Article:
NBA, El-Rufai, and the Lessons Thereof

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Nasir El-Rufai

By Eddy Odivwri

Last Wednesday, the much-talked about Nigerian Bar Association (NBA) conference kicked off. It ends tomorrow. It is the 60th gathering of the body of “learned men and women”. Perhaps, this edition became more popular on the account of the controversy generated by the disinvitation extended to the Kaduna State governor, Mallam Nasir el-Rufai.

Along with other speakers, the Kaduna State governor had been selected to speak at the virtual conference. But some radical lawyers suddenly threatened to boycott the conference if el-Rufai was not dropped as one of the speakers at the conference. They accused him, among other things, of not obeying court orders, as well as not doing enough to address the incessant crises and killings that have been taking place in Southern Kaduna. Many of those who protested el-Rufai’s invitation insinuated that he had deliberately looked away while the killings and destructions took place in Southern Kaduna.

They thus argue that such a leader who neither has regard for the rule of law nor an apostle of peace and justice does not deserve the NBA platform to address any national issue.

To be sure, the capacity of el-Rufai to deeply and decisively discuss the topic of discourse is/was never in doubt. In fact, aside the fact that his state has become a major test case of the indigeneship/settler controversy, the Kaduna governor is credited with high-enough cerebral acumen to do justice to the topic.

But those who think the outgoing Paul Usoro-led NBA pandered too quickly to the NBA cabal, argue that el-Rufai was not given a fair hearing neither was he given a chance to state his own side of the story. In fact, they argue that disinviting the governor was tantamount to being judgemental in a case that has various historical prisms.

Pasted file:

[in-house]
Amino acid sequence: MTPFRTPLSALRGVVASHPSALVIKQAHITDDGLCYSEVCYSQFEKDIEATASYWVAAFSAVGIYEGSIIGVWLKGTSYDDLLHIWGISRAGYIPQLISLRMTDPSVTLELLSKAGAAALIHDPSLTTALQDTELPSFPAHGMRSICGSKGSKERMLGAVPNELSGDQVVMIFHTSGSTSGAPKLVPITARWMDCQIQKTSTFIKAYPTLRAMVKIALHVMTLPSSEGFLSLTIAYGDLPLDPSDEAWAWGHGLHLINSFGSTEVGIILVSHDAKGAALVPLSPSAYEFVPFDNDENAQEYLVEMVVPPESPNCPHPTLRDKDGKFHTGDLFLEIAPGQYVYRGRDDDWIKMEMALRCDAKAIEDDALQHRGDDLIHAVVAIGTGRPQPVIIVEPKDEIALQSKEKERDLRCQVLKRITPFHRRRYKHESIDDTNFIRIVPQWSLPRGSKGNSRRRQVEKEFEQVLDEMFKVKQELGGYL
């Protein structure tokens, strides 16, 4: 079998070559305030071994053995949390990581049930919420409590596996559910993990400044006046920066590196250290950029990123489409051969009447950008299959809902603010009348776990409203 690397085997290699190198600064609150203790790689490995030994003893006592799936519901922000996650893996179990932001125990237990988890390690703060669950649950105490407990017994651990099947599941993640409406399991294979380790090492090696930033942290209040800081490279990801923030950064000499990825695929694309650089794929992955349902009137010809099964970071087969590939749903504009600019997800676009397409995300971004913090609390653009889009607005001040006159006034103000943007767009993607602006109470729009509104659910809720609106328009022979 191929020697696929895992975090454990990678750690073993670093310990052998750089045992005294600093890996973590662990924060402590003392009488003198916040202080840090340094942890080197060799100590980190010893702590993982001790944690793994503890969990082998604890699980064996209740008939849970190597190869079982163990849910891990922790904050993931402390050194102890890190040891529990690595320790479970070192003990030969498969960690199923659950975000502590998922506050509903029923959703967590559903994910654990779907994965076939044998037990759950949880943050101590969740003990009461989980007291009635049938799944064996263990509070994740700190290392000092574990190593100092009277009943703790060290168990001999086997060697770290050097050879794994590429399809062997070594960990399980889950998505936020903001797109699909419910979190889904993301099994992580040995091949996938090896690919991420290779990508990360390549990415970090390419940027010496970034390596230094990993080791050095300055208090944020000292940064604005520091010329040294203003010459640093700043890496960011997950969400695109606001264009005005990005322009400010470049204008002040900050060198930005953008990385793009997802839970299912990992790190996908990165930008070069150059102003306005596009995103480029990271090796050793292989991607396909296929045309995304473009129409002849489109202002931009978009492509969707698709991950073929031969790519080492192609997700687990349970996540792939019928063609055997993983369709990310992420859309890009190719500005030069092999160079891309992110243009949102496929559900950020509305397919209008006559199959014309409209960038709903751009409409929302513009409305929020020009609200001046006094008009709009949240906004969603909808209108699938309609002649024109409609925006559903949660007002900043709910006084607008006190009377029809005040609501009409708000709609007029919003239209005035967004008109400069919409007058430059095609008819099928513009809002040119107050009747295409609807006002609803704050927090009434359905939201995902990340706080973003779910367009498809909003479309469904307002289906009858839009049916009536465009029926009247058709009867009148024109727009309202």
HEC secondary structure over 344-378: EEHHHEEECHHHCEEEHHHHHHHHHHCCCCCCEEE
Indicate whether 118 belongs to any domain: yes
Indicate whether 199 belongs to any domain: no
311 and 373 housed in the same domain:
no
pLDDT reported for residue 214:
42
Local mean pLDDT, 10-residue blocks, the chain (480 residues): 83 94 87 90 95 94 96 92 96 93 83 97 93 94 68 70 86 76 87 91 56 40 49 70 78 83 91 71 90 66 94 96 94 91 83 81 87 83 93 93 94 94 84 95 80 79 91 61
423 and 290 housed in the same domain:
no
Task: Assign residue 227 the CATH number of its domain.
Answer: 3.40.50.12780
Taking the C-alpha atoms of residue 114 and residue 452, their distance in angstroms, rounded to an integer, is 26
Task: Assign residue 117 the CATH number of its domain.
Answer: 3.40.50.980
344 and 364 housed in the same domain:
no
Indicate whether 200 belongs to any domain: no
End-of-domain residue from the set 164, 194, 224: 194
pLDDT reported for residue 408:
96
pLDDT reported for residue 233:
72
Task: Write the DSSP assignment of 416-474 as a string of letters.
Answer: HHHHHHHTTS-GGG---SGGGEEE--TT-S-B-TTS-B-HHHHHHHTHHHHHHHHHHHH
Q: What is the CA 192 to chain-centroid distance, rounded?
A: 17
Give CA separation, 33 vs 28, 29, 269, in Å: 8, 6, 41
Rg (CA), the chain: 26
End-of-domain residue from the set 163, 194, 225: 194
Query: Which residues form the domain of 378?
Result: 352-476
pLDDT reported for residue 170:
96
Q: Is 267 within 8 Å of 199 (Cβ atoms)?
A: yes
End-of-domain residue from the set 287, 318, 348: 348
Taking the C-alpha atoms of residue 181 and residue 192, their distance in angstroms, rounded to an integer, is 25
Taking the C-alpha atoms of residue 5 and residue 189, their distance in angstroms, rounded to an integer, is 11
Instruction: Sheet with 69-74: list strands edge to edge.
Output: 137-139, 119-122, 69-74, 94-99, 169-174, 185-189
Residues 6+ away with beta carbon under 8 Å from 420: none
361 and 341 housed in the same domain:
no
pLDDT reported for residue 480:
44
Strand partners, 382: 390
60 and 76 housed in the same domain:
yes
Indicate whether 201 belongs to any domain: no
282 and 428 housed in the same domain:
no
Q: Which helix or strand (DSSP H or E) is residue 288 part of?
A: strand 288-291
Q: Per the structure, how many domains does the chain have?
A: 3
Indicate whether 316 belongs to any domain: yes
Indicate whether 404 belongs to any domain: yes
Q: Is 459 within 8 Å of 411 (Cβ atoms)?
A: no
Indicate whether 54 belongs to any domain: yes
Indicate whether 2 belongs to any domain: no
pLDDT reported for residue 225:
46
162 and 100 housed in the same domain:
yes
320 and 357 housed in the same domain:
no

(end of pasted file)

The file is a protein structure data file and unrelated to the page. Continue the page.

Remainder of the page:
But the question remains: did the NBA consult anybody before extending the speaking invitation to Governor El-Rufai? If the answer is No, does it not also mean that the NBA reserves the right to reconsider or review any invitation to any of the speakers in its conference? Sure it does!

However, if the reason is strictly on the argument that because on one or two occasions El-Rufai had disobeyed court orders, and so should be disinvited, why is the same principle not applied to the invitation extended to former President Olusegun Obasanjo whose presidency was notorious for disregarding valid court orders? Have we forgotten the ruling against the impeachment of former Oyo State governor, Rasheed Ladoja which the Obasanjo presidency ignored? Or did we forget the court ruling ordering the federal government to release the seized Local Government allocation for Lagos State during Obasanjo’s presidency?

Under the Usoro-led NBA is it a case of selective amnesia or is it that what is good for the goose is not good for the gander? Indeed, why will Obasanjo be allowed to speak at the conference and El-Rufai will be disallowed?

That said, El-Rufai probably has a heavier case on his head than the single matter of court disobedience. The crises that have continued to trouble Southern Kaduna has, no doubt, pitched the governor against those who think he is playing silly politics with the lives and properties of the people of the region.